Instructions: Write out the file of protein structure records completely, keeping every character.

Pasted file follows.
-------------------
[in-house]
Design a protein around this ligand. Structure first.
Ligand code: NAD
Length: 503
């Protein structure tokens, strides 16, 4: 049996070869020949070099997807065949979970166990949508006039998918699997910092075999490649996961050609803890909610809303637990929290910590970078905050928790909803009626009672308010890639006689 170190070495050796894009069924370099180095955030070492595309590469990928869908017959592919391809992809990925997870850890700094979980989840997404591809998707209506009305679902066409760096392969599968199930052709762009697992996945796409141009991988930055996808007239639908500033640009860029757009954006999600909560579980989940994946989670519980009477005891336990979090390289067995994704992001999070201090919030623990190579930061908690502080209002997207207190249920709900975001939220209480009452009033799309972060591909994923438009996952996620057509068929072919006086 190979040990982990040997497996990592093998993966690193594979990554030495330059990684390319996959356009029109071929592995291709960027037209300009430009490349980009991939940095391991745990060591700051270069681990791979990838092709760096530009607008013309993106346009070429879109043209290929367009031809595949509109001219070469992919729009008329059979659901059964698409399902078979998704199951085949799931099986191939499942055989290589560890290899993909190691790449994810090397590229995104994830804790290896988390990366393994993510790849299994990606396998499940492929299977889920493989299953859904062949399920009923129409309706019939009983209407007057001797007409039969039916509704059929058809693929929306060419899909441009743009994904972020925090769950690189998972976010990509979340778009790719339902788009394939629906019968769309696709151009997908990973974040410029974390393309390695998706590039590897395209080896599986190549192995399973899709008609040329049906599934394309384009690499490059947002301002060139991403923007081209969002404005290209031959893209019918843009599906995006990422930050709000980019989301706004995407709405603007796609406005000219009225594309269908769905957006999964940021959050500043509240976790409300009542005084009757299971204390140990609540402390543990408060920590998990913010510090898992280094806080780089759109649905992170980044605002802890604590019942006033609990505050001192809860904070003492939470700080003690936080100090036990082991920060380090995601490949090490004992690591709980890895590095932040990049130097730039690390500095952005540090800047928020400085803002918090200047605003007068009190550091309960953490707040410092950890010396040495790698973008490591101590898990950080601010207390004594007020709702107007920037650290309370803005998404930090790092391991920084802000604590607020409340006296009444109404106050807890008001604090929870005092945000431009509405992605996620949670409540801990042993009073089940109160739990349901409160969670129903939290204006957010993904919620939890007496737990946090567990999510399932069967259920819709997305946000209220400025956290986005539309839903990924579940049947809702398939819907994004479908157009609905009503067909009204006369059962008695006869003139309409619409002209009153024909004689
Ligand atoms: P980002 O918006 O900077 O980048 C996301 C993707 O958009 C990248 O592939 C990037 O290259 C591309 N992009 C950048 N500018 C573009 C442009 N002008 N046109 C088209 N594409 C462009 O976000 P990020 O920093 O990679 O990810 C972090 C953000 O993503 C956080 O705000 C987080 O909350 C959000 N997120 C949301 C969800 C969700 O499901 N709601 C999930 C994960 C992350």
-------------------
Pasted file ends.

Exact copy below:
[in-house]
Design a protein around this ligand. Structure first.
Ligand code: NAD
Length: 503
């Protein structure tokens, strides 16, 4: 049996070869020949070099997807065949979970166990949508006039998918699997910092075999490649996961050609803890909610809303637990929290910590970078905050928790909803009626009672308010890639006689 170190070495050796894009069924370099180095955030070492595309590469990928869908017959592919391809992809990925997870850890700094979980989840997404591809998707209506009305679902066409760096392969599968199930052709762009697992996945796409141009991988930055996808007239639908500033640009860029757009954006999600909560579980989940994946989670519980009477005891336990979090390289067995994704992001999070201090919030623990190579930061908690502080209002997207207190249920709900975001939220209480009452009033799309972060591909994923438009996952996620057509068929072919006086 190979040990982990040997497996990592093998993966690193594979990554030495330059990684390319996959356009029109071929592995291709960027037209300009430009490349980009991939940095391991745990060591700051270069681990791979990838092709760096530009607008013309993106346009070429879109043209290929367009031809595949509109001219070469992919729009008329059979659901059964698409399902078979998704199951085949799931099986191939499942055989290589560890290899993909190691790449994810090397590229995104994830804790290896988390990366393994993510790849299994990606396998499940492929299977889920493989299953859904062949399920009923129409309706019939009983209407007057001797007409039969039916509704059929058809693929929306060419899909441009743009994904972020925090769950690189998972976010990509979340778009790719339902788009394939629906019968769309696709151009997908990973974040410029974390393309390695998706590039590897395209080896599986190549192995399973899709008609040329049906599934394309384009690499490059947002301002060139991403923007081209969002404005290209031959893209019918843009599906995006990422930050709000980019989301706004995407709405603007796609406005000219009225594309269908769905957006999964940021959050500043509240976790409300009542005084009757299971204390140990609540402390543990408060920590998990913010510090898992280094806080780089759109649905992170980044605002802890604590019942006033609990505050001192809860904070003492939470700080003690936080100090036990082991920060380090995601490949090490004992690591709980890895590095932040990049130097730039690390500095952005540090800047928020400085803002918090200047605003007068009190550091309960953490707040410092950890010396040495790698973008490591101590898990950080601010207390004594007020709702107007920037650290309370803005998404930090790092391991920084802000604590607020409340006296009444109404106050807890008001604090929870005092945000431009509405992605996620949670409540801990042993009073089940109160739990349901409160969670129903939290204006957010993904919620939890007496737990946090567990999510399932069967259920819709997305946000209220400025956290986005539309839903990924579940049947809702398939819907994004479908157009609905009503067909009204006369059962008695006869003139309409619409002209009153024909004689
Ligand atoms: P980002 O918006 O900077 O980048 C996301 C993707 O958009 C990248 O592939 C990037 O290259 C591309 N992009 C950048 N500018 C573009 C442009 N002008 N046109 C088209 N594409 C462009 O976000 P990020 O920093 O990679 O990810 C972090 C953000 O993503 C956080 O705000 C987080 O909350 C959000 N997120 C949301 C969800 C969700 O499901 N709601 C999930 C994960 C992350």